• Yet each disappointment Ted felt in his wife, each incremental deflation, was accompanied by a seizure of guilt; many years ago, he had taken the passion he felt for Susan and folded it in half, so he no longer had a drowning, helpless feeling when he glimpsed her beside him in bed: her ropy arms and soft, generous ass. Then he’d folded it in half again, so when he felt desire for Susan, it no longer brought with it an edgy terror of never being satisfied. Then in half again, so that feeling desire entailed no immediate need to act. Then in half again, so he hardly felt it. His desire was so small in the end that Ted could slip it inside his desk or a pocket and forget about it, and this gave him a feeling of safety and accomplishment, of having dismantled a perilous apparatus that might have crushed them both. Susan was baffled at first, then distraught; she’d hit him twice across the face; she’d run from the house in a thunderstorm and slept at a motel; she’d wrestled Ted to the bedroom floor in a pair of black crotchless underpants. But eventually a sort of amnesia had overtaken Susan; her rebellion and hurt had melted away, deliquesced into a sweet, eternal sunniness that was terrible in the way that life would be terrible, Ted supposed, without death to give it gravitas and shape. He’d presumed at first that her relentless cheer was mocking, another phase in her rebellion, until it came to him that Susan had forgotten how things were between them before Ted began to fold up his desire; she’d forgotten and was happy — had never not been happy — and while all of this bolstered his awe at the gymnastic adaptability of the human mind, it also made him feel that his wife had been brainwashed. By him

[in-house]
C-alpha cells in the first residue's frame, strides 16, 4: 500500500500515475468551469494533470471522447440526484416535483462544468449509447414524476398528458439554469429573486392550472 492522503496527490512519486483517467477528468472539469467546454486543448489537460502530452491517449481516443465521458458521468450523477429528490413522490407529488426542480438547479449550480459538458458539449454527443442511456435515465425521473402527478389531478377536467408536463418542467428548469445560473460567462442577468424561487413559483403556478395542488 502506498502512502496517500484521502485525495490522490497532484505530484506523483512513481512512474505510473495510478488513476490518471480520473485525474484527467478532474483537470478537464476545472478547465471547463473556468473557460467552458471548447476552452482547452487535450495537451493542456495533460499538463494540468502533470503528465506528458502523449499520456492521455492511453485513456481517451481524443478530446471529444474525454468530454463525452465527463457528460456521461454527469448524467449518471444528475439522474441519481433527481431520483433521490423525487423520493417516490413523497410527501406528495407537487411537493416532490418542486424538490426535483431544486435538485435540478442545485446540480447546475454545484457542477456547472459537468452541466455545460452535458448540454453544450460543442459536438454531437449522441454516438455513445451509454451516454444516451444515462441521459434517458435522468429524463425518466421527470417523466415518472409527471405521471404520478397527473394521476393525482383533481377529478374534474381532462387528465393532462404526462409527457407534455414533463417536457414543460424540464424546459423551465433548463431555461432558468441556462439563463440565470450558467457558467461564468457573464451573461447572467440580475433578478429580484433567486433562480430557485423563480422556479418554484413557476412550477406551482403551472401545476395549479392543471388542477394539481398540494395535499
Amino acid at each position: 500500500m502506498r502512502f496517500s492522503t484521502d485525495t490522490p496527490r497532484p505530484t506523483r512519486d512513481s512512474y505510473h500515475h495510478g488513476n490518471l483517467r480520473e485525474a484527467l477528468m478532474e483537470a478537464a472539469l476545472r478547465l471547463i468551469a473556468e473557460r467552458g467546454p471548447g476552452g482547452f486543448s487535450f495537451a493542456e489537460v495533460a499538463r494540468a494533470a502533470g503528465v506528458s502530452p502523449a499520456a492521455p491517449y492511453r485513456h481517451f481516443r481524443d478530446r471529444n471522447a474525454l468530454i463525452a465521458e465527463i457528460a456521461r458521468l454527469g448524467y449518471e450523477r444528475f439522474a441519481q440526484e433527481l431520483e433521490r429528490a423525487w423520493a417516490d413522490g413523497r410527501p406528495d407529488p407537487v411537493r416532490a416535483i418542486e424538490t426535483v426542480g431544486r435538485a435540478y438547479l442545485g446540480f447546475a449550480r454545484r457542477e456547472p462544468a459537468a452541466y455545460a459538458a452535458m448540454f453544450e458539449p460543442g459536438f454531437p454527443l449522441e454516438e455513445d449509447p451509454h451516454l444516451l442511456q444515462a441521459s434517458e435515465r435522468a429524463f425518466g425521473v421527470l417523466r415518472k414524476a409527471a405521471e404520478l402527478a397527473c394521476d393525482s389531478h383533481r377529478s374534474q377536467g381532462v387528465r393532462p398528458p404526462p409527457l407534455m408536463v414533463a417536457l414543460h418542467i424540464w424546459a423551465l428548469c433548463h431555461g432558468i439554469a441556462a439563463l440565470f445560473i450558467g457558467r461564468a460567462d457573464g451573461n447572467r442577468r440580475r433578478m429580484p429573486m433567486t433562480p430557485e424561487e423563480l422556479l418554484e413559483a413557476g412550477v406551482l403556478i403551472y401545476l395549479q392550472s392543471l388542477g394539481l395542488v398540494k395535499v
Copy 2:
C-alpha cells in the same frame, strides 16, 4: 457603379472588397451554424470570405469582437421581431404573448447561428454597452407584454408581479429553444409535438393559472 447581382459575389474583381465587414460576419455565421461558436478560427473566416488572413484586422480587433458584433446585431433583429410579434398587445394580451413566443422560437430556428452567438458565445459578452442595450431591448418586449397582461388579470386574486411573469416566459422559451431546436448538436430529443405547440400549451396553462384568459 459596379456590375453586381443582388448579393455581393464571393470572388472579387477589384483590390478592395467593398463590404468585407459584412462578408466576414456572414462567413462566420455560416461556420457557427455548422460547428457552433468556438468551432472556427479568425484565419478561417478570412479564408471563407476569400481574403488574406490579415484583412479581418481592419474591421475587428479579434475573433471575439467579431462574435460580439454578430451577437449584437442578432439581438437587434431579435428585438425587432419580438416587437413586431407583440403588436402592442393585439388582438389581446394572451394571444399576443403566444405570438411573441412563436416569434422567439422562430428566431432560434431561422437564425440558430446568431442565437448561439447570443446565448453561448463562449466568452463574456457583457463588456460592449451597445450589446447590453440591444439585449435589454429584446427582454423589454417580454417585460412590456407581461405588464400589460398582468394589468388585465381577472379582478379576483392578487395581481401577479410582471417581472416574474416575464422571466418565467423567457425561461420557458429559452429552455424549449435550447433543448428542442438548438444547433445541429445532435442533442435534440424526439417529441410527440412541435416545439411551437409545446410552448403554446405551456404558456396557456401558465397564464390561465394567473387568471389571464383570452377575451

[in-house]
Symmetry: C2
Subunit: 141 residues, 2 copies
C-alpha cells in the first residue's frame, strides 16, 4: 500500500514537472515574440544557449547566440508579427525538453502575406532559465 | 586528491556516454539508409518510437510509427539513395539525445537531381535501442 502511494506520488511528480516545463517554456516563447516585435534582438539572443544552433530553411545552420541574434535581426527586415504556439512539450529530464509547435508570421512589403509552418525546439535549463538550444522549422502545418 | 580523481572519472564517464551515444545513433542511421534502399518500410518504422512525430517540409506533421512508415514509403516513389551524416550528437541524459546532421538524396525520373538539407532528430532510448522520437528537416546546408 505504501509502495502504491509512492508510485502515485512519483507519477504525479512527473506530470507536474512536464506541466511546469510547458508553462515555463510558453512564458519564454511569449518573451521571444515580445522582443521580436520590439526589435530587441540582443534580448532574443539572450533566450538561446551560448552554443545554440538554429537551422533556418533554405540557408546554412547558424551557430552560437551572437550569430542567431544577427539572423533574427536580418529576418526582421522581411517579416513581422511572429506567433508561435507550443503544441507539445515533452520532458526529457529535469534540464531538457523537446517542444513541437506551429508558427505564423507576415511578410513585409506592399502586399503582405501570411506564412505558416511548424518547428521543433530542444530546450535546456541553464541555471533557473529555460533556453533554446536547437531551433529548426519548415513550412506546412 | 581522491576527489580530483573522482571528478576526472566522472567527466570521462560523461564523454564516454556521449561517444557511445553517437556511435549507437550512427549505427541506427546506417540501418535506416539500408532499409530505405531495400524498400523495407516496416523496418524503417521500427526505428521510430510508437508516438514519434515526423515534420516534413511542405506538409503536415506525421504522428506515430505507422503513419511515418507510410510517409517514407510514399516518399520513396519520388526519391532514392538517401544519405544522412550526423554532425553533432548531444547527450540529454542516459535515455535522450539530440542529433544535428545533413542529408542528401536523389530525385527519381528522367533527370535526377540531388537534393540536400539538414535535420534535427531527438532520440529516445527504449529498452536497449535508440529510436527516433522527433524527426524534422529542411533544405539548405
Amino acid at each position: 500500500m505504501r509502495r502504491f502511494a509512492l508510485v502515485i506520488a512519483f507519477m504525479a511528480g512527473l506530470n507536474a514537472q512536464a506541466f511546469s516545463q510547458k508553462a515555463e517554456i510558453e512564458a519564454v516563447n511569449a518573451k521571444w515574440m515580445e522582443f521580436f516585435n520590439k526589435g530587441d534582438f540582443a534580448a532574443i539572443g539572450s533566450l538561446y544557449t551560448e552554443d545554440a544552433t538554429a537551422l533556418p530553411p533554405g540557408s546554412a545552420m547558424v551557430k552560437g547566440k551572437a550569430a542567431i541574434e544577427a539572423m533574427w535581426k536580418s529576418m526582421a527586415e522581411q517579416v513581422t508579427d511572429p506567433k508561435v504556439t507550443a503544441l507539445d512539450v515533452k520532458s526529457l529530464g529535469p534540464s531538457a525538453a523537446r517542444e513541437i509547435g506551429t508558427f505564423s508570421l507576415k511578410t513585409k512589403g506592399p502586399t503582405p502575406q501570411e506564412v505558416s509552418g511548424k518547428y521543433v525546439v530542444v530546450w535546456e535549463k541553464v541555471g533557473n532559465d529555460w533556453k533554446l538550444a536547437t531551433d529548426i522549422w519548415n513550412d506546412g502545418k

Jennifer Egan
  • It was the hat. He looked sweet in the hat. How could a man in a fuzzy blue hat have used human bones to pave his roads?

    Jennifer Egan
  • Rich children are always blond, Jocelyn goes. It has to do with vitamins

    Jennifer Egan
  • Rebecca was an academic star. Her new book was on the phenomenon of word casings, a term she'd invented for words that no longer had meaning outside quotation marks. English was full of these empty words--"friend" and "real" and "story" and "change"--words that had been shucked of their meanings and reduced to husks. Some, like "identity" and "search" and "cloud," had clearly been drained of life by their Web usage. With others, the reasons were more complex; how had "American" become an ironic term? How had "democracy" come to be used in an arch, mocking way?

    Jennifer Egan
  • See," Sasha muttered, eyeing the sun. "It's mine

    Jennifer Egan
Post as Image: